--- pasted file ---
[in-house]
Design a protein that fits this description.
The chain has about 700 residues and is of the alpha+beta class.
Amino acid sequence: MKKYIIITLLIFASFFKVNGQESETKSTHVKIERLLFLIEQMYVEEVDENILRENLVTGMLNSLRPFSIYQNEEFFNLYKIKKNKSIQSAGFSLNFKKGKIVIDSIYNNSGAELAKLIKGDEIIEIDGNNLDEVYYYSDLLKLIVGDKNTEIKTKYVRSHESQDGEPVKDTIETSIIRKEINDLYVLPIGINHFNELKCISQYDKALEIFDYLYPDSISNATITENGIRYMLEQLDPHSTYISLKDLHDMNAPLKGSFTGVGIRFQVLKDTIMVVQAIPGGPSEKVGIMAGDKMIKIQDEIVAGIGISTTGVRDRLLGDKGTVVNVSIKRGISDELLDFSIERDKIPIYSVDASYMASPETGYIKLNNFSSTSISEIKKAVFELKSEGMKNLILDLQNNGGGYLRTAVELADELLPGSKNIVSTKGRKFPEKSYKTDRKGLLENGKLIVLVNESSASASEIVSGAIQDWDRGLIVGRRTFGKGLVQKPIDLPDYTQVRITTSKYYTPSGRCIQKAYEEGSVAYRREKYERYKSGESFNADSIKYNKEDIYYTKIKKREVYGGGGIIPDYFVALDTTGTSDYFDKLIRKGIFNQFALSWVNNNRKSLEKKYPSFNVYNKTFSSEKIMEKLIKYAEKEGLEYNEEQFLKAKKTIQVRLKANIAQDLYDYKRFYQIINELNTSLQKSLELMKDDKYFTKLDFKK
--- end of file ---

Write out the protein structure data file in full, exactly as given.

[in-house]
Design a protein that fits this description.
The chain has about 700 residues and is of the alpha+beta class.
Amino acid sequence: MKKYIIITLLIFASFFKVNGQESETKSTHVKIERLLFLIEQMYVEEVDENILRENLVTGMLNSLRPFSIYQNEEFFNLYKIKKNKSIQSAGFSLNFKKGKIVIDSIYNNSGAELAKLIKGDEIIEIDGNNLDEVYYYSDLLKLIVGDKNTEIKTKYVRSHESQDGEPVKDTIETSIIRKEINDLYVLPIGINHFNELKCISQYDKALEIFDYLYPDSISNATITENGIRYMLEQLDPHSTYISLKDLHDMNAPLKGSFTGVGIRFQVLKDTIMVVQAIPGGPSEKVGIMAGDKMIKIQDEIVAGIGISTTGVRDRLLGDKGTVVNVSIKRGISDELLDFSIERDKIPIYSVDASYMASPETGYIKLNNFSSTSISEIKKAVFELKSEGMKNLILDLQNNGGGYLRTAVELADELLPGSKNIVSTKGRKFPEKSYKTDRKGLLENGKLIVLVNESSASASEIVSGAIQDWDRGLIVGRRTFGKGLVQKPIDLPDYTQVRITTSKYYTPSGRCIQKAYEEGSVAYRREKYERYKSGESFNADSIKYNKEDIYYTKIKKREVYGGGGIIPDYFVALDTTGTSDYFDKLIRKGIFNQFALSWVNNNRKSLEKKYPSFNVYNKTFSSEKIMEKLIKYAEKEGLEYNEEQFLKAKKTIQVRLKANIAQDLYDYKRFYQIINELNTSLQKSLELMKDDKYFTKLDFKK